Depression is hardly new. The Roman physician Galen, in the second century A.D., expounded on the prevailing medical view that four bodily fluids, or humors, existed within all people but that the unique variation of these humors within people resulted in individual differences among people in their behavior and temperament. An excess of black bile, for example, indicated a melancholic personality.
Fortunately, a lot of scientific progress has been made since then in understanding depression to be an organic, brain-based medical condition that afflicts millions. In fact, an individual has a ten to fifteen percent lifetime risk of developing a major depressive episode. But as Dr. Karl Deisseroth, a Stanford neuroscientist and psychiatrist, told me during our interview for “Illuminating Depression”, “Diagnosis is a big challenge because in psychiatry, we don’t have a lab test. There’s not a blood draw that you can do as you might to check how your liver is doing or how your thyroid function is doing.” So given that the diagnosis of depression is based on clinical observation (most often done by a primary care physician), one can’t help feel that hard, empirical understanding of depression is somewhat lacking, especially when compared to diseases of other organs like the heart and lungs where tests do exist to gauge the presence of pulmonary and cardiovascular diseases.
This was the most interesting observation for me when working on this story. Imagine a medical disease that afflicts eighteen million people in the U.S. (26 million if you include Bipolar Disorder), for which more than 160 million prescriptions were filled in 2008, that is one of the leading causes of disability in the U.S., but a disease for which no definitive medical model of pathology exists. Increasingly, doctors are prescribing antidepressants to treat not just depression but a host of other medical conditions, including chronic pain and insomnia, some of which can co-occur with depression. Sure, we’ve made strides since the time of Galen’s bodily humors and the Freudian view of misplaced hostility and mourning to explain depression, but in some respects, we’re still in the dark about why some people get depression while others don’t, why some people respond to one treatment and not another, or why one person will suffer from a form of depression that is less or more severe than another person. This lack of clear, empirical understanding comes at an awful price to victims of depression, as they encounter remarks from people that tell them to “snap out of it”, implying that they somehow can control the emotional crumbling and dark ideations that accompany the disease.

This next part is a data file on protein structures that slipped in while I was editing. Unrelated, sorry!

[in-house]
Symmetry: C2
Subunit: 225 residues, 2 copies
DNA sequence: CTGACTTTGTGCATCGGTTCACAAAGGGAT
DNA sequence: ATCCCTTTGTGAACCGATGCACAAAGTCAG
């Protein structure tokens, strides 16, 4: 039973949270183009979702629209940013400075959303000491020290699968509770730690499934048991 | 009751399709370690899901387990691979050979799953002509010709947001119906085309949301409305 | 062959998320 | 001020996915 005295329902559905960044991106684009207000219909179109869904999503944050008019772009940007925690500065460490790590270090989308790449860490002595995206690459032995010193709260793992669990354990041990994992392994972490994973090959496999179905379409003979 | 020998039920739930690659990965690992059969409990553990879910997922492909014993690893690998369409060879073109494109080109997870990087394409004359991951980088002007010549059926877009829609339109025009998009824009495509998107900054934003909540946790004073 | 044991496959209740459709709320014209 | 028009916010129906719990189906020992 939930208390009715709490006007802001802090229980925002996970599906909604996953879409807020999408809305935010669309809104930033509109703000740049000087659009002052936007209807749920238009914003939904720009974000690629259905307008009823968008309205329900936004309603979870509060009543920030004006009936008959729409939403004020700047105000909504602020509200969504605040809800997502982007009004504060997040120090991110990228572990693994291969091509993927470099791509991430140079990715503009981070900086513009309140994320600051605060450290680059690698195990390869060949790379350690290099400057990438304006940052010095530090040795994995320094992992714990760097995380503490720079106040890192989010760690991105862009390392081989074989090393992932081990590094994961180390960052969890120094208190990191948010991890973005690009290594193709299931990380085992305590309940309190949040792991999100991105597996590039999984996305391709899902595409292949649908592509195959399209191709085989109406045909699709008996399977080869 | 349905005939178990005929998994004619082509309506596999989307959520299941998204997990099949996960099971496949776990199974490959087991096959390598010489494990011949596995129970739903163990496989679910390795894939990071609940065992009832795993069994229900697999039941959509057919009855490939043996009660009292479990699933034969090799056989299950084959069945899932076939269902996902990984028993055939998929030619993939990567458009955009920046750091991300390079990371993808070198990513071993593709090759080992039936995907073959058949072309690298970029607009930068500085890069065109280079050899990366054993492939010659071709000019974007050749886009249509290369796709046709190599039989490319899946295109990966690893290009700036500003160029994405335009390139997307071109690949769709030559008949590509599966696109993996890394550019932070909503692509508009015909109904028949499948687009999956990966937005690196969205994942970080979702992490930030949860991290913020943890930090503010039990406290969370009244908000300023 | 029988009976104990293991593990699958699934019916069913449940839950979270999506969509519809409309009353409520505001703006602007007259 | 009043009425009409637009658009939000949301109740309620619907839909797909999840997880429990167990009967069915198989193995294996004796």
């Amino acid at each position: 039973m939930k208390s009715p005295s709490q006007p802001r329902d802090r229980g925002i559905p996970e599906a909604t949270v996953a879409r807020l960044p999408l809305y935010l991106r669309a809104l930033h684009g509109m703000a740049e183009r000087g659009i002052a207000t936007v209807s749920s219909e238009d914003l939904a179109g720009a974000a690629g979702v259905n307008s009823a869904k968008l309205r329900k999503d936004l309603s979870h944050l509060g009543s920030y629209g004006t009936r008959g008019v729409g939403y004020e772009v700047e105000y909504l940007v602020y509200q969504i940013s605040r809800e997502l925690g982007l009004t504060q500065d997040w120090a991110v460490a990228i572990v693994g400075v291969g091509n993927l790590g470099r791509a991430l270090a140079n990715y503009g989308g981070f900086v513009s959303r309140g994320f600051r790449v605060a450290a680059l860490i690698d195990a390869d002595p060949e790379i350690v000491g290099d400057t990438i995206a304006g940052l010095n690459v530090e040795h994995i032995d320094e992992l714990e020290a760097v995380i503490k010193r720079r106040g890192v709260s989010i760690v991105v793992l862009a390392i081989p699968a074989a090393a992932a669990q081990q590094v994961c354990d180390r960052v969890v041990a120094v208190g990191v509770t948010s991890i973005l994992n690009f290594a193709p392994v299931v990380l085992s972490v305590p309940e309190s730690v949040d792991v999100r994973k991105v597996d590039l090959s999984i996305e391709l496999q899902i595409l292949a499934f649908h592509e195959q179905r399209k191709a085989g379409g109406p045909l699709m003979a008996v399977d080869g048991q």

The consequence of all this is that it’s incredibly tough to create effective, lasting treatments for the disease if we can’t exactly track how the disease affects not only specific regions of the brain but the activity among individual brain cells in regions that may not have even been known to play an integral role in the disease. My layperson’s view is that treating depression currently is a bit like bringing in a car to the mechanic and telling him to fix it but there’s a catch – the mechanic can’t get under the hood to observe directly what’s wrong with the car. We suspect that the problem is with the engine but good luck with opening it up and peering into its pistons. So the mechanic attempts to work on the engine but indirectly, and whatever repairs are attempted may affect the engine but they may also have unwanted effects on the car’s transmission, muffler, timing belt, etc.
Fortunately, advances in imaging techniques like two-photon microscopy and fMRI are elucidating the activity of the depressed brain, allowing the previously impenetrable forest of billions of neurons to be explored, to see their pathways altered, their branches pruned by the disease. And scientists like Philippe Goldin and Kelly Werner are compiling biomarkers like DNA and brain blood flow activity to see if those biomarkers can help predict if people suffering from anxiety and/or depression will respond more favorably to cognitive behavioral therapy than to mindfulness meditation, for example. Dr. Deisseroth is using genetically engineered, photosensitive proteins implanted into rodents’ brains to control brain activity at the level of individual neurons.
Dr. M. Bret Schneider told me during our interview, “A real cure for depression is gonna involve being able to selectively affect those portions of the brain which don’t function properly in depression… But fathoming the huge number of possibilities in each brain with every brain being a little bit different than every other one, is gonna require individualized solutions and will be a scientific feat.” I suppose that with a disease as complex as depression, where one’s individual genetic makeup can influence the kinds of side effects one may experience with an antidepressant, it’s apropos that the future of treating and eventually curing it will entail personalized medicine. Until then, let’s hope that more people bring psychiatry into the research lab to study illnesses like depression, for it’s only through the methodical rigor of science that we have the best hope for curing depression.